There’s no getting around the fact that, barring a major change of heart, the Ohio State men’s basketball roster will have a Kaleb Wesson-sized hole next season.


Wesson, the team’s leading scorer and rebounder for two years running, has entered his name in the NBA draft. He did so while retaining his collegiate eligibility, but he is not expected to return for his senior season.


The OSU roster currently is at maximum capacity even without Wesson, a 6-foot-9 center from Westerville South High School. In an end-of-season conference call with reporters last week, coach Chris Holtmann spoke of Wesson’s time with the Buckeyes in the past tense at least a half-dozen times during a 75-minute session.


So without the player who has been the offensive focal point and the only proven true center on the roster, how will Ohio State try to replace him next season without a like-for-like substitute on the roster?


The first answer is Kyle Young, but his ascension would come with a catch.


"His last two years here, he has played the power forward spot but he’s guarded the biggest guy," Holtmann said. "My biggest thing for Kyle is we’ve got to keep him healthy because he’s yet in his career been able to play above 23 minutes a game in league play."


Young, a 6-8 senior-to-be, has not managed to play a full season since entering the regular rotation as a sophomore. A stress fracture in his right leg cost him four games in 2018-19 and limited him for the final half of the season, and a battle with appendicitis and another leg injury kept him out of six games as a junior.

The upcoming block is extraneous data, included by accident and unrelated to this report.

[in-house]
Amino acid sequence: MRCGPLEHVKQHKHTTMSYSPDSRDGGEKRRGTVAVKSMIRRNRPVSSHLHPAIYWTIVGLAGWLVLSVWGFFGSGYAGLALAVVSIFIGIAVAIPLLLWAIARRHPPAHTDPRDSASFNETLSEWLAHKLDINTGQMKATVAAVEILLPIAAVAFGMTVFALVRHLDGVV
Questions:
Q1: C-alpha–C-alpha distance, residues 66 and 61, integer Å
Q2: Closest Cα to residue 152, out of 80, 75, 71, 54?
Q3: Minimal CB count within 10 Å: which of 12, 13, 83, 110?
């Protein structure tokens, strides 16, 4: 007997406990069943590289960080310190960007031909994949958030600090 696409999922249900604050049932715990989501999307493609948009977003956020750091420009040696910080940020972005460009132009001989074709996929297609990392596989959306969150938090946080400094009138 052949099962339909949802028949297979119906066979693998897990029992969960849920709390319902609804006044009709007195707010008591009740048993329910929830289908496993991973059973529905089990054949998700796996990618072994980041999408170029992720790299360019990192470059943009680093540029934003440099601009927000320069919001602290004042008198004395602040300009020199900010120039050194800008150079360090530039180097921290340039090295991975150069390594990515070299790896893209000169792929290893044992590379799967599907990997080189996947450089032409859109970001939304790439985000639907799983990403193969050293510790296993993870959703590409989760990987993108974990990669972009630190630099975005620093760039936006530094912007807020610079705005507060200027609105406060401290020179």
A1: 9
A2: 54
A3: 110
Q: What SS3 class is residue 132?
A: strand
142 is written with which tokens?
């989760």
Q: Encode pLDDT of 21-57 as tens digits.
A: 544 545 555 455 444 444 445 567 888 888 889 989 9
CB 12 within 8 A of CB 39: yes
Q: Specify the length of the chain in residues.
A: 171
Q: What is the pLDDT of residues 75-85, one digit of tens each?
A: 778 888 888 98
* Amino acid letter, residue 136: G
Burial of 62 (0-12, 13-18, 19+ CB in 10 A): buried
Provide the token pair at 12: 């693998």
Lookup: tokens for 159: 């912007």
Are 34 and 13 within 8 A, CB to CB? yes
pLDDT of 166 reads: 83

It’s not just injuries, however, that prevent Young from being a natural replacement for Wesson.


Though Young is just one inch shorter than Wesson, his listed weight of 205 pounds entering the 2019-20 season is 65 pounds lighter than Wesson’s listed 270. (Wesson’s actual weight last season likely was closer to 260 pounds after a rigorous offseason program.)


The OSU player closest to Wesson’s heft was freshman E.J. Liddell, a power forward who is listed at 236 pounds. But he’s only 6-6.


The only player on the 2020-21 roster who at least equals Wesson’s height is 6-10 sophomore Ibrahima Diallo, a seldom-used reserve who as a raw freshman totaled 40 minutes of playing time in eight games.


It’s hard to picture Diallo being ready to step into a significant role just yet, meaning Young and Liddell might need help from incoming freshman Zed Key. He’s a power forward by trade, but at 6-8, 230 pounds, he could see regular playing time at center.


Holtmann described Key as being "undersized, but he has good length," before adding, "Then there’s times where I don’t know that we’ll play necessarily a traditional (center)."


As a reference point, Holtmann cited Michigan State’s Xavier Tillman. As a junior this past season, the 6-8, 245-pound Tillman averaged 13.7 points, 10.3 rebounds, 3.0 assists and 2.1 blocks and was named second-team all-Big Ten as well as the league’s defensive player of the year.


At this point, there aren’t any real answers, just different options and the optimism that the center-by-committee crew, plus the added length on the wings, will help cover for Wesson’s missing presence in the paint, particularly on defense.


"We’re going to be playing differently offensively and defensively, there’s no question," Holtmann said. "It’s a major question mark for us going forward how we’re going to answer that."


ajardy@dispatch.com


@AdamJardy